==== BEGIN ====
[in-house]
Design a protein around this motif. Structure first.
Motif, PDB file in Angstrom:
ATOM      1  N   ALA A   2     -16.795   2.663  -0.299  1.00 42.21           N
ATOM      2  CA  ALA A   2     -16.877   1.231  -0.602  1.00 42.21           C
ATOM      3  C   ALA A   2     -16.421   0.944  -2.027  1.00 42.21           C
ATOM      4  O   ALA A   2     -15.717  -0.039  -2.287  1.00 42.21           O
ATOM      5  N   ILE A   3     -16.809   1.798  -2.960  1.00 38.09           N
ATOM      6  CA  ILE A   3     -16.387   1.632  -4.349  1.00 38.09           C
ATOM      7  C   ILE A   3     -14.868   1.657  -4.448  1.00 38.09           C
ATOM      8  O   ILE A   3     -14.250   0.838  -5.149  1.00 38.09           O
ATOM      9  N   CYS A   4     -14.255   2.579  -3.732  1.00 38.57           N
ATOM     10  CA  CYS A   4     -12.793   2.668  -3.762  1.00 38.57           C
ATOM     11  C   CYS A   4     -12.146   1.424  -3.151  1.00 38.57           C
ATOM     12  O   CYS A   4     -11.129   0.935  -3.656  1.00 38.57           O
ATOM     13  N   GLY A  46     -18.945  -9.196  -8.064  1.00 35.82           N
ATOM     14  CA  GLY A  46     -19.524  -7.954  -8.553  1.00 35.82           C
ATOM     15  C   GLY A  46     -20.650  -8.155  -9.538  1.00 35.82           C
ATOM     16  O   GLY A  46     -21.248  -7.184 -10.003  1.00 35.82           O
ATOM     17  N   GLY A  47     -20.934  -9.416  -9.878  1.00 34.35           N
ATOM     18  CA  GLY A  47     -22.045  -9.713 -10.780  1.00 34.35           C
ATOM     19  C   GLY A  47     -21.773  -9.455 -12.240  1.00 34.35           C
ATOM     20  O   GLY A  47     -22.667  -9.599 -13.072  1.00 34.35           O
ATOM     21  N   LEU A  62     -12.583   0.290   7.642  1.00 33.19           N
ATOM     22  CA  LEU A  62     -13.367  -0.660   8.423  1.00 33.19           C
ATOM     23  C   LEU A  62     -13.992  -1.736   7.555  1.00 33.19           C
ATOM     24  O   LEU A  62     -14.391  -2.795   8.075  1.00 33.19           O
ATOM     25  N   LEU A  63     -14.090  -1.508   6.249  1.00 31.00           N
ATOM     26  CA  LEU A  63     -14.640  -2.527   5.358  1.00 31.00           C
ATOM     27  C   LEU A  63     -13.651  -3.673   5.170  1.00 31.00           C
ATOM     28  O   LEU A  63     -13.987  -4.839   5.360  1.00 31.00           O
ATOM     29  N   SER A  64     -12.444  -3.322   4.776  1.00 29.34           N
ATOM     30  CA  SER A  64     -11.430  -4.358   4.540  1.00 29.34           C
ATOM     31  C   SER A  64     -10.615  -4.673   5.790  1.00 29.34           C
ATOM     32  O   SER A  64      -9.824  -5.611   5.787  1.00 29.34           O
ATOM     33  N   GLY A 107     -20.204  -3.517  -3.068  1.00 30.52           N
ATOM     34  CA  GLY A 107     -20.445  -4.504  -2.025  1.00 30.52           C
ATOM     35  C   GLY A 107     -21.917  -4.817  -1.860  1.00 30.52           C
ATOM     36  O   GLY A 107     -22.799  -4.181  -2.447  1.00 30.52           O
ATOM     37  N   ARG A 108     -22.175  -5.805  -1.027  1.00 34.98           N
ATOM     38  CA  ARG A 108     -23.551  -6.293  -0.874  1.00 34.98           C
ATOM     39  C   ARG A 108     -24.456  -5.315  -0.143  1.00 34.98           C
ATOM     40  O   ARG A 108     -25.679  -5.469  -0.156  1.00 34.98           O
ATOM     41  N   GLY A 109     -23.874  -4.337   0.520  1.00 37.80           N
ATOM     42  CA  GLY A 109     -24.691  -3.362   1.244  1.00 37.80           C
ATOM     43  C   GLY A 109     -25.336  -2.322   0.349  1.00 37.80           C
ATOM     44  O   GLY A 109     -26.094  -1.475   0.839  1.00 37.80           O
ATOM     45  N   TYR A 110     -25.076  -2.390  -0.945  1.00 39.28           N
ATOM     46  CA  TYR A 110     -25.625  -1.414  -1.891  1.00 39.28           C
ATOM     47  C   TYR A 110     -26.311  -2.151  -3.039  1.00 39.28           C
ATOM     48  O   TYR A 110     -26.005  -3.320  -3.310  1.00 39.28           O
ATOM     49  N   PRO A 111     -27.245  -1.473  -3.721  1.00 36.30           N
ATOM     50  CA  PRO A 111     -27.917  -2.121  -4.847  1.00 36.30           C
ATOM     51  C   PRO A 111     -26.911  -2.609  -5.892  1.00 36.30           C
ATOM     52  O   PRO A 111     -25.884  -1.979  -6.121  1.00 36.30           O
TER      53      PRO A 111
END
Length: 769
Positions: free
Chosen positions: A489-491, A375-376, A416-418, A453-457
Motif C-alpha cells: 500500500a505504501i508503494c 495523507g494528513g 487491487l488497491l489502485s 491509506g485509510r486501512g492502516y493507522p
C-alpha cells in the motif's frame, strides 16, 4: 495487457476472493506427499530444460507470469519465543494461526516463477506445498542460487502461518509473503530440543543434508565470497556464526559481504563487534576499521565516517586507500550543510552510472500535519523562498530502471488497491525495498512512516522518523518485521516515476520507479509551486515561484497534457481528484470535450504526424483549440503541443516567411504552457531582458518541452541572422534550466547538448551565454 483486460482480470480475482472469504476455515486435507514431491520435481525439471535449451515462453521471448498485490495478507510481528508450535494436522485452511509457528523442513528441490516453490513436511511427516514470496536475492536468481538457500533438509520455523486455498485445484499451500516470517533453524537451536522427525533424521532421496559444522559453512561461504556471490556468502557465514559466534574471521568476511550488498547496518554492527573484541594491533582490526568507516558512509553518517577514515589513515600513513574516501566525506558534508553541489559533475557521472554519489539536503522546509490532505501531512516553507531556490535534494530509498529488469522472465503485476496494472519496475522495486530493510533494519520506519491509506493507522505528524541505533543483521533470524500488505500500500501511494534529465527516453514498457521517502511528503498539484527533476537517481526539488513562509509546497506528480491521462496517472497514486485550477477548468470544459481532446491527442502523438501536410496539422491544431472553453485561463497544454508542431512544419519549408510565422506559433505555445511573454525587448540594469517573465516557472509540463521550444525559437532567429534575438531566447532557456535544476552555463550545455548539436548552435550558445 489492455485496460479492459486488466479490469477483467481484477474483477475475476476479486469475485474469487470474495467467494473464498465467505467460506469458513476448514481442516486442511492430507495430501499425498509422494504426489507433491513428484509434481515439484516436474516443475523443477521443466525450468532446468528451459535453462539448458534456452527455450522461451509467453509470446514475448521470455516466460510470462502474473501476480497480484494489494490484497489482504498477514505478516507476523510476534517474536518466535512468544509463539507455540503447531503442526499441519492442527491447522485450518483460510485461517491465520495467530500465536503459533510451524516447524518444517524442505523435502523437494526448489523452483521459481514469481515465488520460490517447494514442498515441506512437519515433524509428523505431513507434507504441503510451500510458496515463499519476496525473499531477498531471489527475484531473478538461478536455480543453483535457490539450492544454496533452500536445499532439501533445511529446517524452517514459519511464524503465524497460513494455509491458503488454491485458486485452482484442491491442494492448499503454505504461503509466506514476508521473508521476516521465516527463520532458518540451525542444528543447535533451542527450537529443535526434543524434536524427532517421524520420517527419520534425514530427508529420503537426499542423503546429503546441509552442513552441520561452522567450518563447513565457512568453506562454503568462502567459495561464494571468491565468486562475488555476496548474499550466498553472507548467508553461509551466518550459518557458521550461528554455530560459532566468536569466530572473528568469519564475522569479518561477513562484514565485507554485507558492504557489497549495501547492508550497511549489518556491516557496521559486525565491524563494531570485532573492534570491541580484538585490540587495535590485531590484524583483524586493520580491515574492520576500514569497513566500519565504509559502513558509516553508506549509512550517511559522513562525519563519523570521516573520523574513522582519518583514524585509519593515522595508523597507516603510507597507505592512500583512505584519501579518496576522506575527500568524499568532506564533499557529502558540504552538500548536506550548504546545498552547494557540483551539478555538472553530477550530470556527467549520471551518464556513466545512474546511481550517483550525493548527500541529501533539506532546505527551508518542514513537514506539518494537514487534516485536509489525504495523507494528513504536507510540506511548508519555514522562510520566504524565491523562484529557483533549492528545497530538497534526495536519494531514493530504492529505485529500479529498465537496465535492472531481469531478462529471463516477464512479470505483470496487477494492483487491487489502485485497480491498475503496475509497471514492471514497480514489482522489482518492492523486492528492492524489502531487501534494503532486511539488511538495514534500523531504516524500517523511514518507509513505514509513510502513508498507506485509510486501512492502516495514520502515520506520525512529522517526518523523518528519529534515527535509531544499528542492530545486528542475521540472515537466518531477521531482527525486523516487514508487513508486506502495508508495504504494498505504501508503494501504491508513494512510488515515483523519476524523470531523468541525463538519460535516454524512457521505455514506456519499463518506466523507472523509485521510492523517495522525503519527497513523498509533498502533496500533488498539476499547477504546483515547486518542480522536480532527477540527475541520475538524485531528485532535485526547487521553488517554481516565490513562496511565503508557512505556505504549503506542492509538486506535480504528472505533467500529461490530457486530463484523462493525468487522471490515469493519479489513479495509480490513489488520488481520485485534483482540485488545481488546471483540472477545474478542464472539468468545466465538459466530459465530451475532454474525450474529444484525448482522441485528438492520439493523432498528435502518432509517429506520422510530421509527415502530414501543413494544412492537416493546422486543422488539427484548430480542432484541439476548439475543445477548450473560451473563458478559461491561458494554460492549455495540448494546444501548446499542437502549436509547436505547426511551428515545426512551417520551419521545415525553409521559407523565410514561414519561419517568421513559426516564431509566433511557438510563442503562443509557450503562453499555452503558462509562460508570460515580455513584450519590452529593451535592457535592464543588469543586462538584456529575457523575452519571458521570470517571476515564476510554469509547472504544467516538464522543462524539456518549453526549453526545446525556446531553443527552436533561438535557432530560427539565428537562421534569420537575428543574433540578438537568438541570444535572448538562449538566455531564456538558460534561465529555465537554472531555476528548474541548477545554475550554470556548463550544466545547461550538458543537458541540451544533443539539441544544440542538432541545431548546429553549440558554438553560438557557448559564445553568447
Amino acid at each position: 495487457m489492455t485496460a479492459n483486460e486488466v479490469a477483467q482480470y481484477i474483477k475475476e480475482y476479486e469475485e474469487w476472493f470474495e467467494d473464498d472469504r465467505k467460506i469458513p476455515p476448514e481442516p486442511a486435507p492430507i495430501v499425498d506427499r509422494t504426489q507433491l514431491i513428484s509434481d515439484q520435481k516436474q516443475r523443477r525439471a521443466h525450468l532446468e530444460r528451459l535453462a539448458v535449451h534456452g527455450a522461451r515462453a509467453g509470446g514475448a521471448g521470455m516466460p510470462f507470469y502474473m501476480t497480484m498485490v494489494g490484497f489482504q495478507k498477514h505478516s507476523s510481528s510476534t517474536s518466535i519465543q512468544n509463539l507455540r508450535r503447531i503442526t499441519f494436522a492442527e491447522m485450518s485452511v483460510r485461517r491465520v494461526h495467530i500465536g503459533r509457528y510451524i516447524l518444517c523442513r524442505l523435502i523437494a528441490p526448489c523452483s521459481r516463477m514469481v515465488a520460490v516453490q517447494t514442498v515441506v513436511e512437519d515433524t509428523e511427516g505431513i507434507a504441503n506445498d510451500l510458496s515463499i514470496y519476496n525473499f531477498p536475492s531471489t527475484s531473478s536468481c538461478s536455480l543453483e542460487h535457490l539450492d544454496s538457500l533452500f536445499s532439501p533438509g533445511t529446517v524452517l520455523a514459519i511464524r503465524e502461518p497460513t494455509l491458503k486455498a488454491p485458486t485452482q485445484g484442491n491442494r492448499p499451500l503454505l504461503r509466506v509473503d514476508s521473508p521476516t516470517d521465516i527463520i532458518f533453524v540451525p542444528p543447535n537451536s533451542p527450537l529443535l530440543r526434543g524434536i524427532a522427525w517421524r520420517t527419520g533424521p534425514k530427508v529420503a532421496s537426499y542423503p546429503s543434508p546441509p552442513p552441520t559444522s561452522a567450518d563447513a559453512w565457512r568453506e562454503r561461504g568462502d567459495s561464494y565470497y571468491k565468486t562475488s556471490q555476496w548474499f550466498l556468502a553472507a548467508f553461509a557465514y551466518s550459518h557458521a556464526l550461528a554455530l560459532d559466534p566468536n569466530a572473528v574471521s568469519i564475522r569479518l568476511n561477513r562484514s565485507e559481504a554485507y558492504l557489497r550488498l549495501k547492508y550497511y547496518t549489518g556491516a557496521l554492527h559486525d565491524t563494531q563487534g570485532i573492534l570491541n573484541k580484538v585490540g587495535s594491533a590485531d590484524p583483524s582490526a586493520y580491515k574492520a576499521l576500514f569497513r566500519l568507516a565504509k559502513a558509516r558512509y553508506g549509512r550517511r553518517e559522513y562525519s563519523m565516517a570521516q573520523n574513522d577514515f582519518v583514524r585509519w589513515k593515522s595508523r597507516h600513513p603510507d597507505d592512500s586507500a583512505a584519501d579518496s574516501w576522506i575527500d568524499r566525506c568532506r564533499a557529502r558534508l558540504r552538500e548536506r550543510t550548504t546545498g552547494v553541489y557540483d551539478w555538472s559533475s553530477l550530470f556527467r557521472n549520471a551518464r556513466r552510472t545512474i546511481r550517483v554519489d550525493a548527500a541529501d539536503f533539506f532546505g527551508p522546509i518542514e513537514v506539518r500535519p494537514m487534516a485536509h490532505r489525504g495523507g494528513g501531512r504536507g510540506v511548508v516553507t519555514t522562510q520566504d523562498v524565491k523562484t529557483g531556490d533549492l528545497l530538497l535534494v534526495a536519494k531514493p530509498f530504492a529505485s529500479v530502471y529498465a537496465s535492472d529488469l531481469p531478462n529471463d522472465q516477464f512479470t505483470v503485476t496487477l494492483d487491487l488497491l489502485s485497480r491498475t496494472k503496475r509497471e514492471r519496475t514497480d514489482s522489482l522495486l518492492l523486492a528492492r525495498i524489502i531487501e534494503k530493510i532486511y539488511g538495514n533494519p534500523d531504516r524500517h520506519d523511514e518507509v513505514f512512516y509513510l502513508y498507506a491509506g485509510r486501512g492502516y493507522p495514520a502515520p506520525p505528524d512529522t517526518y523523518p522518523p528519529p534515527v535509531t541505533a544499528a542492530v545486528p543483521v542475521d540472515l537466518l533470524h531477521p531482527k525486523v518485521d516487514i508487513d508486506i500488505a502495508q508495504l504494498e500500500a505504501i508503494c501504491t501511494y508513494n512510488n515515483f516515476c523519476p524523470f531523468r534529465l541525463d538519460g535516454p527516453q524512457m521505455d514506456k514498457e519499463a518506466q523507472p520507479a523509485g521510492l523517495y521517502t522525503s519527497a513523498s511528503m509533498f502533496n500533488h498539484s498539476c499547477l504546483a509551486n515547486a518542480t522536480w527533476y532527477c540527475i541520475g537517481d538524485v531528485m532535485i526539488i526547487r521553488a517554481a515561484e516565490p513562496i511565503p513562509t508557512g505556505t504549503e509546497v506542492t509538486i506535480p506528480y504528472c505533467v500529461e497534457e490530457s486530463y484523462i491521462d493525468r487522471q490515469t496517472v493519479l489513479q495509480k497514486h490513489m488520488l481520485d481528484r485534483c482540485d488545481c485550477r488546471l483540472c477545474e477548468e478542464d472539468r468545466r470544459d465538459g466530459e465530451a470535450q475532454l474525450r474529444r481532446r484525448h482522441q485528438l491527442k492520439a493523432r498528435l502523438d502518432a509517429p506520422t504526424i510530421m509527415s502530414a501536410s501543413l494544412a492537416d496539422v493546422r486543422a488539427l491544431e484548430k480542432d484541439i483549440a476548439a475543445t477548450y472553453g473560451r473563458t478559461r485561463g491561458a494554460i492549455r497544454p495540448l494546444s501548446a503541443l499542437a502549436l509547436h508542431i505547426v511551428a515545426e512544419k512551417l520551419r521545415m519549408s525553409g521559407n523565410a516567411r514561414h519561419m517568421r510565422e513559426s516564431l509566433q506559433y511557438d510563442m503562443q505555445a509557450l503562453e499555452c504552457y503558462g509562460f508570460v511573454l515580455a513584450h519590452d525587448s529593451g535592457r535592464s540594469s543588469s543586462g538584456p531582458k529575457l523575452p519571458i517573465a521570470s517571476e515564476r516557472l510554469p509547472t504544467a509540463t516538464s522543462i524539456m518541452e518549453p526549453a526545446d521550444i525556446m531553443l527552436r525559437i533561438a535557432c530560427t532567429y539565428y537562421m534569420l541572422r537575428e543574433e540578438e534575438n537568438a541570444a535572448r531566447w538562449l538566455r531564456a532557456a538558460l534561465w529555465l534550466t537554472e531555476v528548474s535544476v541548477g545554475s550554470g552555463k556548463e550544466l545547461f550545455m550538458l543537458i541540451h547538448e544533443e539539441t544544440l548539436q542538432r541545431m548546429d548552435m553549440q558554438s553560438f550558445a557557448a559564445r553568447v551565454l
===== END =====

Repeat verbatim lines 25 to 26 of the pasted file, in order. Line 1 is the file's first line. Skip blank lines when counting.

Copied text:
ATOM     22  CA  LEU A  62     -13.367  -0.660   8.423  1.00 33.19           C
ATOM     23  C   LEU A  62     -13.992  -1.736   7.555  1.00 33.19           C